Micro Red Dot sites are an interesting animal. Tiny enough to truly be useful on a pistol, these sites come in a wide variety of types, designs, reticle designs and sizes, and quality. In fact, with the growing desire to replace iron sights on everything with a red dot site, more vendors than ever are coming up with their own version of these tiny optics for use by everyone. The first in my series of reviews is the Burris FastFire Mifro Red Dot optic.

Entry Level Optics

As a long time optics snob, Burris as a company has always fallen squarely in the entry level category. Not the finest piece of glass or most durable, for the casual shooter who wants something inexpensive to start out with they do OK.

The FastFire series of optics is no exception to this, sporting a price tag in the sub-$300 category.  For this price, our lucky purchaser receives the optic and a mount. Mounts are available to adapt the optic to Picatinny rail, most common handguns, and shotguns without any rails by inserting between the stock and the receiver, which is not a bad deal.

The reviews by other owners of this device were mostly positive, citing excellent results on .22s and AR 15s, among other applications, leaving the optic’s reputation pretty positive.


Unboxing the Burris Fastfire Micro Red Dot
Unboxing the Burris Fastfire Micro Red Dot

When I received the optic, I admit I was pretty excited. The packaging for the device shows a high-speed competition shooter with the little device sitting on top of a Beretta M9/92, and while I know from years of experience that pictures don’t equate to quality, I was hopeful that this device would do the job.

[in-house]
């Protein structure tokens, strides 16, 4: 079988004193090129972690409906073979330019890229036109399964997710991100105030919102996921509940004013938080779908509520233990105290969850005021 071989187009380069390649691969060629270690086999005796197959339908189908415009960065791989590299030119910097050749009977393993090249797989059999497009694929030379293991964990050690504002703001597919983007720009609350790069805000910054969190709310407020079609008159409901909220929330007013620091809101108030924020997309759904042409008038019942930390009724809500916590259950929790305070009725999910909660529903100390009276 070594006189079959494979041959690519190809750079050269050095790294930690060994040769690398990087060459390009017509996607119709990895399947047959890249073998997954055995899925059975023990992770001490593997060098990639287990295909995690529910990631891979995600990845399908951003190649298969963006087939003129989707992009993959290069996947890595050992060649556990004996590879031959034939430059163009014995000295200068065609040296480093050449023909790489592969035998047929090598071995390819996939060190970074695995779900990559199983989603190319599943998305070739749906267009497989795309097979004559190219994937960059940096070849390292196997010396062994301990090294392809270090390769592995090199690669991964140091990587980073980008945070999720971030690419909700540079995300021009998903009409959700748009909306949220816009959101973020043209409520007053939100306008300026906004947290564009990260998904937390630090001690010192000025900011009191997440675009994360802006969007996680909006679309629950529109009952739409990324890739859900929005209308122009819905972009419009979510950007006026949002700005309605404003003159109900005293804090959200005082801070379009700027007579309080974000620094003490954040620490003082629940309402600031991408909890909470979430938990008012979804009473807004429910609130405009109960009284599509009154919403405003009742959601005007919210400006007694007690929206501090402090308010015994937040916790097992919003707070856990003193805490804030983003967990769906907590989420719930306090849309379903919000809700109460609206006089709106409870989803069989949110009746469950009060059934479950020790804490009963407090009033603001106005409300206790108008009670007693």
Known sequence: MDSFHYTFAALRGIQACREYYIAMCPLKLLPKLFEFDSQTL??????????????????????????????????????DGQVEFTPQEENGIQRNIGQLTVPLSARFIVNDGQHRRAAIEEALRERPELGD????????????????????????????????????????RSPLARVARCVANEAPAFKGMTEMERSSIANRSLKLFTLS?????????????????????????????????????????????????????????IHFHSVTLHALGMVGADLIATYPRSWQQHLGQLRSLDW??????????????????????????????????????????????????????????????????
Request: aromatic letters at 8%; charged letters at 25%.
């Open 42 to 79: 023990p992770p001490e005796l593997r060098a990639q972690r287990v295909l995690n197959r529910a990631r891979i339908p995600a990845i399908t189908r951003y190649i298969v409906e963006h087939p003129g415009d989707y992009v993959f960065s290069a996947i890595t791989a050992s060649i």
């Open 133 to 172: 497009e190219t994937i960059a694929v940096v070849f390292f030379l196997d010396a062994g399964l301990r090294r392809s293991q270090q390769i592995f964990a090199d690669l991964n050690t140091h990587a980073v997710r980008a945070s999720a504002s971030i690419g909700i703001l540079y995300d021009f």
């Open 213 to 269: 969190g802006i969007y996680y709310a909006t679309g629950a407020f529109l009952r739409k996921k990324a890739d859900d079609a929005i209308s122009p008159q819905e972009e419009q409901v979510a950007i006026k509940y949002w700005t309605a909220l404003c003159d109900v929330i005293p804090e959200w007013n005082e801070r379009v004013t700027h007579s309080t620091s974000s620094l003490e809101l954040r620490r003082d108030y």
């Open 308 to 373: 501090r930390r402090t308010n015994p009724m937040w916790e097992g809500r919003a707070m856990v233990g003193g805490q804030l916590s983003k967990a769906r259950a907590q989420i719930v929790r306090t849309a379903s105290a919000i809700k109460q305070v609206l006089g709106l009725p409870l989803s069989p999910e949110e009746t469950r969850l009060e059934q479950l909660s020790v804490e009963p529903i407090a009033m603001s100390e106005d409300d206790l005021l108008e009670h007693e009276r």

The optic itself came with a screwdriver needed to unlock and adjust the windage and elevation, a dial to indicate the scale of adjustment as it has no tactile clicks, battery, mount, mounting hardware, and the adapter for the optic.

Since I planned to test this using my trusty .45 ACP 1911, I had purchased also the 1911 Novak site adapter, which I was pleased to see came in a dovetail adapter and profiled plate that firmly sits the optic on the crown of the gun. Compared to other adapters I have seen which simply boost the optic mounting plate above the top of the slide, this actually hugged the slide in a way that made it lower and more pleasing to the eye.

Mounting and Sighting

Mounting the device on the gun was no tough job. A simple nylon drift punch to push out the rear sight, inserting the wedge, then setting the adapter plate and optic on top of the slide, finally screwing it all down until it was tight and didn’t move with a drop here and there of blue loctite to aid the optic in staying in place.